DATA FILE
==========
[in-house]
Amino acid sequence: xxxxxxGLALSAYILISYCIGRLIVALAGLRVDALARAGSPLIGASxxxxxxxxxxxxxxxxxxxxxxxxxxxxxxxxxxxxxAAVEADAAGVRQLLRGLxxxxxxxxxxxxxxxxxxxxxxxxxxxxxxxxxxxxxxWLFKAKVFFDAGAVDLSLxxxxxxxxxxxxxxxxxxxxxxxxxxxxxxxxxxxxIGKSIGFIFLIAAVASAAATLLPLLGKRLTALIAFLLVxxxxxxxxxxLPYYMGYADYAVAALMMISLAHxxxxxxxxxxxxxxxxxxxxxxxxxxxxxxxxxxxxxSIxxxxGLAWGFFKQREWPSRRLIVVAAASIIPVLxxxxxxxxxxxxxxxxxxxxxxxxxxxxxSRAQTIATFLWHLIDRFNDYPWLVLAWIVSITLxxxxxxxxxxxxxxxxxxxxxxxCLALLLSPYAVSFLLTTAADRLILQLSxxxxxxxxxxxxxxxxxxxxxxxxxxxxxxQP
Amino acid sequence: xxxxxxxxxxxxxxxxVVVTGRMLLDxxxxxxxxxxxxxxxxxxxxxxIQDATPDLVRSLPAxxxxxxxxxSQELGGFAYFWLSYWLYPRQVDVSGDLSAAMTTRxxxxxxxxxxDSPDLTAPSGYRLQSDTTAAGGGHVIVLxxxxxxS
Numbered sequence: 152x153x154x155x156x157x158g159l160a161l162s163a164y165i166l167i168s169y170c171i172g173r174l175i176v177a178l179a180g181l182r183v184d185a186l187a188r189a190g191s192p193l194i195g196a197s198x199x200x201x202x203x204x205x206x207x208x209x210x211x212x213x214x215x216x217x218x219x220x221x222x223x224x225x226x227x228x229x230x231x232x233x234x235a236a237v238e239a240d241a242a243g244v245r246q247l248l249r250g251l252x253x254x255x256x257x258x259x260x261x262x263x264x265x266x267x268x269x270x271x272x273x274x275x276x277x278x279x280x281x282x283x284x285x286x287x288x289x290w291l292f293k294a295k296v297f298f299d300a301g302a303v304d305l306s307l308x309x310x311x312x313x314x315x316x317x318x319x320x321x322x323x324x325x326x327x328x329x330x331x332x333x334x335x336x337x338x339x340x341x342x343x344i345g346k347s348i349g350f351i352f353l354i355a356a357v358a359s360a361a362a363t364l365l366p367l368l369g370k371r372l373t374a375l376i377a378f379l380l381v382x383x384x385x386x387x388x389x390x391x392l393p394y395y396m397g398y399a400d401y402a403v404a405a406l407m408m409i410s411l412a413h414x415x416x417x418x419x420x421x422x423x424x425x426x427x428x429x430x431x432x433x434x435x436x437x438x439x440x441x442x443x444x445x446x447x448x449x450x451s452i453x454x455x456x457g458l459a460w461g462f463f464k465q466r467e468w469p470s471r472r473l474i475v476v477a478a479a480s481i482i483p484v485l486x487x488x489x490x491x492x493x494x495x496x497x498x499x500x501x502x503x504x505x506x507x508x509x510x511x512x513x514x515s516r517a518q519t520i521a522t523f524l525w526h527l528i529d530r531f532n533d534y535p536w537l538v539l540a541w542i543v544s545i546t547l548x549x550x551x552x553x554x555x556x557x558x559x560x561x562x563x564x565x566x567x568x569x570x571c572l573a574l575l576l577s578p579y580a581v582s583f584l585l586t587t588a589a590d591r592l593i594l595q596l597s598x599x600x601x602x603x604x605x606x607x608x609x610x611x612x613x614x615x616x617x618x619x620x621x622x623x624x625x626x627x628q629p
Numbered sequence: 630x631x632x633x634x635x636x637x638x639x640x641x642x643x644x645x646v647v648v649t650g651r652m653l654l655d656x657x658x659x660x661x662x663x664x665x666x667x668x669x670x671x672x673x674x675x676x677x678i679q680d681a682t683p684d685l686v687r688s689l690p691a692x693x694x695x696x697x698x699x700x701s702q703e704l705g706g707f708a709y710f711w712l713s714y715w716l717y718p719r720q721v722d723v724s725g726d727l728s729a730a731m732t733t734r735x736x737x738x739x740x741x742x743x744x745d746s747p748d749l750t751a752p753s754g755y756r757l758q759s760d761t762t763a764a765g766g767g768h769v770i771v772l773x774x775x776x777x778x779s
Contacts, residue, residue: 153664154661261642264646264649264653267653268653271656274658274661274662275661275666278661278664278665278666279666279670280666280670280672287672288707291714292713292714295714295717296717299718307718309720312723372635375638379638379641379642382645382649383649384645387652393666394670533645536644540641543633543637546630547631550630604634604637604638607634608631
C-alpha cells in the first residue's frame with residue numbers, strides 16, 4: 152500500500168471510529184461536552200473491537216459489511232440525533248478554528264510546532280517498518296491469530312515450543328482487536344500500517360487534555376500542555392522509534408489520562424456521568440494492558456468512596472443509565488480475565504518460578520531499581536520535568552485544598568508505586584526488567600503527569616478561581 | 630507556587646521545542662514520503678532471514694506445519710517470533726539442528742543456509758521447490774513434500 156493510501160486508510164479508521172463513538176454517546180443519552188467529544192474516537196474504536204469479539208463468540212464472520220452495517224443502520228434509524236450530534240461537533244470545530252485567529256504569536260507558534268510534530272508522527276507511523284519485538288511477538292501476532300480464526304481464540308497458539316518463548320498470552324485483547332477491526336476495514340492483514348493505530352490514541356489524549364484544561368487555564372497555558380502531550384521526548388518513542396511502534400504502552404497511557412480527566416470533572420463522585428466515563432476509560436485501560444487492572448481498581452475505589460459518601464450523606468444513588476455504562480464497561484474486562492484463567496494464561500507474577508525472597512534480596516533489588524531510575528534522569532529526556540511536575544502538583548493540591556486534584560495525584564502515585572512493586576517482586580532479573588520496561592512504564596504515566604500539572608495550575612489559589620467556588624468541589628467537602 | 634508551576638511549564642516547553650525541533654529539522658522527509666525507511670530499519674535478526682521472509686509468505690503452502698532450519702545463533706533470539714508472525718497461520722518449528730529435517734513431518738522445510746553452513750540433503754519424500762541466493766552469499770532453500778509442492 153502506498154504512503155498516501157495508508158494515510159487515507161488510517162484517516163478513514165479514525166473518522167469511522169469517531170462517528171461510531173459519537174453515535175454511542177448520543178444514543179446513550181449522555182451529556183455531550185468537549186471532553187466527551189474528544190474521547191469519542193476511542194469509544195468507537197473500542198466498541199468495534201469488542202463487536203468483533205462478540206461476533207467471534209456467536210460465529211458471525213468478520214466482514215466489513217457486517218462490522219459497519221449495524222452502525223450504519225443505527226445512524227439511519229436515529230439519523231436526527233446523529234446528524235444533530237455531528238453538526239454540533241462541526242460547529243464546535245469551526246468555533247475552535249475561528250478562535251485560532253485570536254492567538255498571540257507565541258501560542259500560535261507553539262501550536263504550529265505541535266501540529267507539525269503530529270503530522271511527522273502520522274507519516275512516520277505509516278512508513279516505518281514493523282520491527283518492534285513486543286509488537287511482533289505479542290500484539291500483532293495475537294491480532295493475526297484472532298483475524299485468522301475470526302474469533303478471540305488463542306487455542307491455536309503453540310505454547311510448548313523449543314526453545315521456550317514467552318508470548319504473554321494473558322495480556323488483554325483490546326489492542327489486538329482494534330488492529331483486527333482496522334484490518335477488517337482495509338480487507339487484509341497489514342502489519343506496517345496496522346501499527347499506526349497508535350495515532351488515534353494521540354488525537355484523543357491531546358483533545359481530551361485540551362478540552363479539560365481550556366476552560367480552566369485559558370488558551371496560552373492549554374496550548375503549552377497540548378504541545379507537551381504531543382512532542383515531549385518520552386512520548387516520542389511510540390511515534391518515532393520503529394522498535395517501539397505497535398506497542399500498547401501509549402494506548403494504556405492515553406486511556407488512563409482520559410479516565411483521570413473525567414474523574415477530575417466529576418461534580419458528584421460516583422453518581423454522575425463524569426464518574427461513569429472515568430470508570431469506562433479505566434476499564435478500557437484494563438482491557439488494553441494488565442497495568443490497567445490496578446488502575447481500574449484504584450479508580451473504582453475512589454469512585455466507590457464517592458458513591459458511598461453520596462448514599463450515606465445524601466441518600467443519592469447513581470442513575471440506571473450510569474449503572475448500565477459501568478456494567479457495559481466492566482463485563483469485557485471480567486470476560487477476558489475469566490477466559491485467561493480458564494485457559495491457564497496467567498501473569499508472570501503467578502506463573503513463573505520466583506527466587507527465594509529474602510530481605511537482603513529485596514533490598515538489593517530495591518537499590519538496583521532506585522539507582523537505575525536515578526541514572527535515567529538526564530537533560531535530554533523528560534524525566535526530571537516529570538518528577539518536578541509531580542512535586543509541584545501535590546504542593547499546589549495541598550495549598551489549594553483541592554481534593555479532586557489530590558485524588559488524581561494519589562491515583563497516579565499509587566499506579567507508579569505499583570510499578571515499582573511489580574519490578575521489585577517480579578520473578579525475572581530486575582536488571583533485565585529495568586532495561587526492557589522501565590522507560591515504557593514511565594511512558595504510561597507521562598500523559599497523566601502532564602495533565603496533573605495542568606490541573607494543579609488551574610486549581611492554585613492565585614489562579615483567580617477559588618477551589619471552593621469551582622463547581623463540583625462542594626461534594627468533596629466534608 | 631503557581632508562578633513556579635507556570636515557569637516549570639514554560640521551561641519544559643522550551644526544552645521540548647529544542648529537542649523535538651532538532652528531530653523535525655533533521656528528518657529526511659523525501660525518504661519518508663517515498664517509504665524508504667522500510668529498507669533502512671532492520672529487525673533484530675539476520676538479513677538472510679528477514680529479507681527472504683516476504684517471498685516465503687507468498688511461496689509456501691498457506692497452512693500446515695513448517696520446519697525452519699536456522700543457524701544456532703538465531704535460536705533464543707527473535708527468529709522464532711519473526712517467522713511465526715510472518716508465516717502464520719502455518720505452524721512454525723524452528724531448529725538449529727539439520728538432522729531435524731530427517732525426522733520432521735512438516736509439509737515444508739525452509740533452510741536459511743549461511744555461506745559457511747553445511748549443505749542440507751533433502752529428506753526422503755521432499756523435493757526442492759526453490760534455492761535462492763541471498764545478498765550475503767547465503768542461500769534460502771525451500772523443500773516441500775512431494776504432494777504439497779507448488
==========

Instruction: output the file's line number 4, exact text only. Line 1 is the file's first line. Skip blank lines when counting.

Numbered sequence: 152x153x154x155x156x157x158g159l160a161l162s163a164y165i166l167i168s169y170c171i172g173r174l175i176v177a178l179a180g181l182r183v184d185a186l187a188r189a190g191s192p193l194i195g196a197s198x199x200x201x202x203x204x205x206x207x208x209x210x211x212x213x214x215x216x217x218x219x220x221x222x223x224x225x226x227x228x229x230x231x232x233x234x235a236a237v238e239a240d241a242a243g244v245r246q247l248l249r250g251l252x253x254x255x256x257x258x259x260x261x262x263x264x265x266x267x268x269x270x271x272x273x274x275x276x277x278x279x280x281x282x283x284x285x286x287x288x289x290w291l292f293k294a295k296v297f298f299d300a301g302a303v304d305l306s307l308x309x310x311x312x313x314x315x316x317x318x319x320x321x322x323x324x325x326x327x328x329x330x331x332x333x334x335x336x337x338x339x340x341x342x343x344i345g346k347s348i349g350f351i352f353l354i355a356a357v358a359s360a361a362a363t364l365l366p367l368l369g370k371r372l373t374a375l376i377a378f379l380l381v382x383x384x385x386x387x388x389x390x391x392l393p394y395y396m397g398y399a400d401y402a403v404a405a406l407m408m409i410s411l412a413h414x415x416x417x418x419x420x421x422x423x424x425x426x427x428x429x430x431x432x433x434x435x436x437x438x439x440x441x442x443x444x445x446x447x448x449x450x451s452i453x454x455x456x457g458l459a460w461g462f463f464k465q466r467e468w469p470s471r472r473l474i475v476v477a478a479a480s481i482i483p484v485l486x487x488x489x490x491x492x493x494x495x496x497x498x499x500x501x502x503x504x505x506x507x508x509x510x511x512x513x514x515s516r517a518q519t520i521a522t523f524l525w526h527l528i529d530r531f532n533d534y535p536w537l538v539l540a541w542i543v544s545i546t547l548x549x550x551x552x553x554x555x556x557x558x559x560x561x562x563x564x565x566x567x568x569x570x571c572l573a574l575l576l577s578p579y580a581v582s583f584l585l586t587t588a589a590d591r592l593i594l595q596l597s598x599x600x601x602x603x604x605x606x607x608x609x610x611x612x613x614x615x616x617x618x619x620x621x622x623x624x625x626x627x628q629p